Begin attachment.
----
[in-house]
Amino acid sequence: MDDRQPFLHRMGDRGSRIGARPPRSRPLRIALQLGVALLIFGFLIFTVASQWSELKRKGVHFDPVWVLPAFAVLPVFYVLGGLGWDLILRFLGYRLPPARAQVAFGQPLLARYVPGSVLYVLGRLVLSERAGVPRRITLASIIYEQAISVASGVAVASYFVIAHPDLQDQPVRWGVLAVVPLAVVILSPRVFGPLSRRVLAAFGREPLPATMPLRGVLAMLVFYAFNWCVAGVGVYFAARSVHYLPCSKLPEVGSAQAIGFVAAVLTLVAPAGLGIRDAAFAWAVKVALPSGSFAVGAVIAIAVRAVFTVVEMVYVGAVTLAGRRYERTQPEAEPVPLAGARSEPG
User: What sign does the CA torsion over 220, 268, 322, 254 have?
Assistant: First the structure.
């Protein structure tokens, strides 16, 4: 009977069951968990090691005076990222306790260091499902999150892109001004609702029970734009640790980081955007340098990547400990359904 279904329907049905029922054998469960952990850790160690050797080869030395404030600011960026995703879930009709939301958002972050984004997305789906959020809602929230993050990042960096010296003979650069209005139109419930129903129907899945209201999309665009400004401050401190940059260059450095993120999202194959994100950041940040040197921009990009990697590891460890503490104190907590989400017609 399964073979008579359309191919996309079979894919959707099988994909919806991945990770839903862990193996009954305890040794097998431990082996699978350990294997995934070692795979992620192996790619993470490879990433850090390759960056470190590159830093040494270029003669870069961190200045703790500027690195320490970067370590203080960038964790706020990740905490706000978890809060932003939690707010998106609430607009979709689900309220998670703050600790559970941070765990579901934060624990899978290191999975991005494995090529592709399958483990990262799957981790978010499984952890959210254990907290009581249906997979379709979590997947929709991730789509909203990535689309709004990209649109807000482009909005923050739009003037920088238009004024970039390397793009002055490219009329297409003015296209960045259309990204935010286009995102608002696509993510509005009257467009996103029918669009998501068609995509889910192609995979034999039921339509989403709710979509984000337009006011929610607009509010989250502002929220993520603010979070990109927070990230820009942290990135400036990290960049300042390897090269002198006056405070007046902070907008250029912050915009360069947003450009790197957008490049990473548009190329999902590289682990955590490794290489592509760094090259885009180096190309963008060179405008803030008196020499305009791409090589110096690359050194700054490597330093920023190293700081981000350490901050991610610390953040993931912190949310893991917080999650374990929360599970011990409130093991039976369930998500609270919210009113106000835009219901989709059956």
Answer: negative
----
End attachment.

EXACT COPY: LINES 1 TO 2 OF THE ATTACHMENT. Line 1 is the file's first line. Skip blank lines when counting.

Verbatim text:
[in-house]
Amino acid sequence: MDDRQPFLHRMGDRGSRIGARPPRSRPLRIALQLGVALLIFGFLIFTVASQWSELKRKGVHFDPVWVLPAFAVLPVFYVLGGLGWDLILRFLGYRLPPARAQVAFGQPLLARYVPGSVLYVLGRLVLSERAGVPRRITLASIIYEQAISVASGVAVASYFVIAHPDLQDQPVRWGVLAVVPLAVVILSPRVFGPLSRRVLAAFGREPLPATMPLRGVLAMLVFYAFNWCVAGVGVYFAARSVHYLPCSKLPEVGSAQAIGFVAAVLTLVAPAGLGIRDAAFAWAVKVALPSGSFAVGAVIAIAVRAVFTVVEMVYVGAVTLAGRRYERTQPEAEPVPLAGARSEPG